Father's Day: Remembering My Lolo Bitong, A Life Well Lived
June 6, 2013 was a pretty busy day since it was the first day of Prep school for my little girl. My mom who does volunteer work as the parochial pre-school administrator was also busy getting ready to come along with us. It was only after I brought them to school and leaving for work that she casually said, "today is Papa's birthday". "Papa" was my grandfather, Lolo Bitong and it was his 109th birth anniversary.
|Captain Norberto Y. Riego|
Norberto Yanson Riego was born on June 6, 1904 to Deogracias Escaro Riego and Emilia Rivera Yanson of Ilog, Pulupandan and Valladolid, Negros Occidental. He was the eldest son and second child of a family of six children. When he turned 15, he decided to find his place in the sun, leaving the town of Ilog because according to my mom, he was afraid that he would live out the rest of his life as a "manangite", translated in English means a toddy tapper (a collector of palm sap). That time in his life is a little vague but I guess he was able to live out his dreams of adventures and travel, because he eventually became a boat captain's apprentice, and a few years later, earned his captain's hat. By the early 30's, he was working as an inter-island ship captain for the Compañia Maritima. It was in Cebu that he met my grandmother, Estrella Guingona Meñes, a pharmacy board topnotcher who was hired by the Gullas family to work in their pharmacy business. However, sometime in the mid-30's, one of his children died while he was still at sea, and this prompted my grandfather to move his young family to Manila where he began work at the Philippine Nautical School. So that when WWII broke out, his family was right in the middle of it, since they were living in Pasay City right near Nichols' Airbase where the bombs were falling. During the Japanese occupation, my grandfather was one of those who were "asked" to re-open the nautical school. This in a way helped eased the difficulties of raising 6 small children during the war years, the oldest of whom was only 9 when the war broke out. A few months after the war ended, my grandmother was sick with Tuberculosis and was sent to the United States for treatment. I guess this was made possible because together with 5 other colleagues from the Philippine Nautical School, my grandfather was tapped to be a harbor pilot by the US Navy. This became his life from then on. He was a founding member and an officer of the Harbor Pilot's Association of the Philippines together with Captain Mauricio Gallaga (grandfather of Director Peque Gallaga) and Captain Andres Suzara. He was also awarded Most Outstanding Harbor Pilot of the Philippines. I have this clear memory of Lolo standing on the tender boat as it approached the ship we were on, and as it came near, he would reach out for the ladder and come up the ship with the ship's captain greeting him with a salute. This remembrance always makes me teary-eyed. You see, my grandfather was an international harbor pilot of the port of Manila, but he always made it a point to be the pilot to guide the docking of the inter-island ship from Bacolod that his daughter (my mom) and his grandchildren (us) were on, every time we come to Manila to visit. It was always such a thrill (and proud moment) to watch him standing tall and dignified while his tender boat approaches the ship. I know I would shout loudly (or was that more of a scream?), Lolo, Lolo!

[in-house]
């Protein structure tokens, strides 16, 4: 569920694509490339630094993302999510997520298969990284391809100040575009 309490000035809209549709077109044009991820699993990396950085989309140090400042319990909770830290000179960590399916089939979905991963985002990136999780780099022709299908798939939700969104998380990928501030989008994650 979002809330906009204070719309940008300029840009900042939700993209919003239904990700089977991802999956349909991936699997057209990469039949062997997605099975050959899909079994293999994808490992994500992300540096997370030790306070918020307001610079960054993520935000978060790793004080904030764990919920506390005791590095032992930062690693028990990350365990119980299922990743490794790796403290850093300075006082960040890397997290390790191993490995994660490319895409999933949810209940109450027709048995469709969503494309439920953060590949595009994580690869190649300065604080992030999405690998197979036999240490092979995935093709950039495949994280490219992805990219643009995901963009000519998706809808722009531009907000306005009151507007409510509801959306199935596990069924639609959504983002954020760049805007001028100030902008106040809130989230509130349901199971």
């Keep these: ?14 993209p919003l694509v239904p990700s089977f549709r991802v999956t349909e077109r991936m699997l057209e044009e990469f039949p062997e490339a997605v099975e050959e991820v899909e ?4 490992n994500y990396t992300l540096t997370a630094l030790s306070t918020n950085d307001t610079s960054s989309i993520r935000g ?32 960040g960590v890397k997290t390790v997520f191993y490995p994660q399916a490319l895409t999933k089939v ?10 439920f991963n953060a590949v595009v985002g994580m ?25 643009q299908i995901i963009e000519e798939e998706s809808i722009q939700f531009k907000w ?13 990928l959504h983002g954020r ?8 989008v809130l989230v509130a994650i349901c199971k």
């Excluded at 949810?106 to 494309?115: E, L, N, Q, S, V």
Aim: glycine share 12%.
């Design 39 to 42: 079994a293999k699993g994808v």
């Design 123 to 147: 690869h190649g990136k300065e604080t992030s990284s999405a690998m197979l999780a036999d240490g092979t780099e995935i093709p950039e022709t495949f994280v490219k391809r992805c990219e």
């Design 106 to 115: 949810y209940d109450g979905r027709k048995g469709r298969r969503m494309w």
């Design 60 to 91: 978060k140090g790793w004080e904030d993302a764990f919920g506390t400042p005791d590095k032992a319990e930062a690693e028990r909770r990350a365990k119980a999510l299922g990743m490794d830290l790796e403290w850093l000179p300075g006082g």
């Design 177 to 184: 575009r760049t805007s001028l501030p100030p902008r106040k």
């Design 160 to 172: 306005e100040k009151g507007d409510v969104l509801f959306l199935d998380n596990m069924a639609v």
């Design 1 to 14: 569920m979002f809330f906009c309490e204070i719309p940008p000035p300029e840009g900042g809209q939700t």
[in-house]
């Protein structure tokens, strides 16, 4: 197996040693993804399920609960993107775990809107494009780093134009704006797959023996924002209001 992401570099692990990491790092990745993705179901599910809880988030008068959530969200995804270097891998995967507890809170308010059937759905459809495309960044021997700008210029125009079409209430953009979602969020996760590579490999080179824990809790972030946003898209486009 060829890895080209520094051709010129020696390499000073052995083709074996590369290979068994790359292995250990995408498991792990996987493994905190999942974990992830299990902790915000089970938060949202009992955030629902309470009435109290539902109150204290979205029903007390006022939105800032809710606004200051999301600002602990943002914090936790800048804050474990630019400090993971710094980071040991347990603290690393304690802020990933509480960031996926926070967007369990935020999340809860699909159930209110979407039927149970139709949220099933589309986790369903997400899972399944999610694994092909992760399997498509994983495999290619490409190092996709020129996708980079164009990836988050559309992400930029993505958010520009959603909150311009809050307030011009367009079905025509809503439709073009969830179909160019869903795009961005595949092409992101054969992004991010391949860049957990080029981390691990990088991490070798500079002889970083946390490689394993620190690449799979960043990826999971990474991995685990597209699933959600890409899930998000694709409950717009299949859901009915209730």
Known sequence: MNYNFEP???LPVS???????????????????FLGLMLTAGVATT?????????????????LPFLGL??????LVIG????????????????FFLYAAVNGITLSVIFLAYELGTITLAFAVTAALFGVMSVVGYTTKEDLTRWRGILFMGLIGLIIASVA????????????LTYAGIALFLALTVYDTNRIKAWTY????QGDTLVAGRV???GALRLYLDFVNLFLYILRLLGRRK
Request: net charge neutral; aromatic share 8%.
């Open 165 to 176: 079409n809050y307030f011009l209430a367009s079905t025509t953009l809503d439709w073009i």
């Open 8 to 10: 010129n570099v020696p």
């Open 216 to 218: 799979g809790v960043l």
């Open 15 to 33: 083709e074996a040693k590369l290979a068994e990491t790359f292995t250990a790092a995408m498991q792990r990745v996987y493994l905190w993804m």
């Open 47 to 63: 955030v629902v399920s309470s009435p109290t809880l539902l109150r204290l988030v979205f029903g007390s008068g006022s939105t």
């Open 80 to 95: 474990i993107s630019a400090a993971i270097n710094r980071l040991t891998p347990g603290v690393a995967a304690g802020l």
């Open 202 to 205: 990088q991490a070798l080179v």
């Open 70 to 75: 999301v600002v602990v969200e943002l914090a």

|My grandfather with his 4 sons circa 1956|
To say that he loved his family is an understatement, because he not only loved us but spoiled us all. He was kind, generous, loving, understanding (although, he was a master of Spanish curses) and forgiving. He was just and fair to the household help, preferring to be called Captain, than what was popular then in Spanish speaking families, the more subservient "señor". He was funny too and tolerant of his sons' misdeeds. When my mom married right after college, he was disappointed but supportive. He lived a life of faith and good deeds.
Captain Norberto Y. Riego passed away in November 23, 1964, one day and one year after JFK was assassinated. He was 60 years old.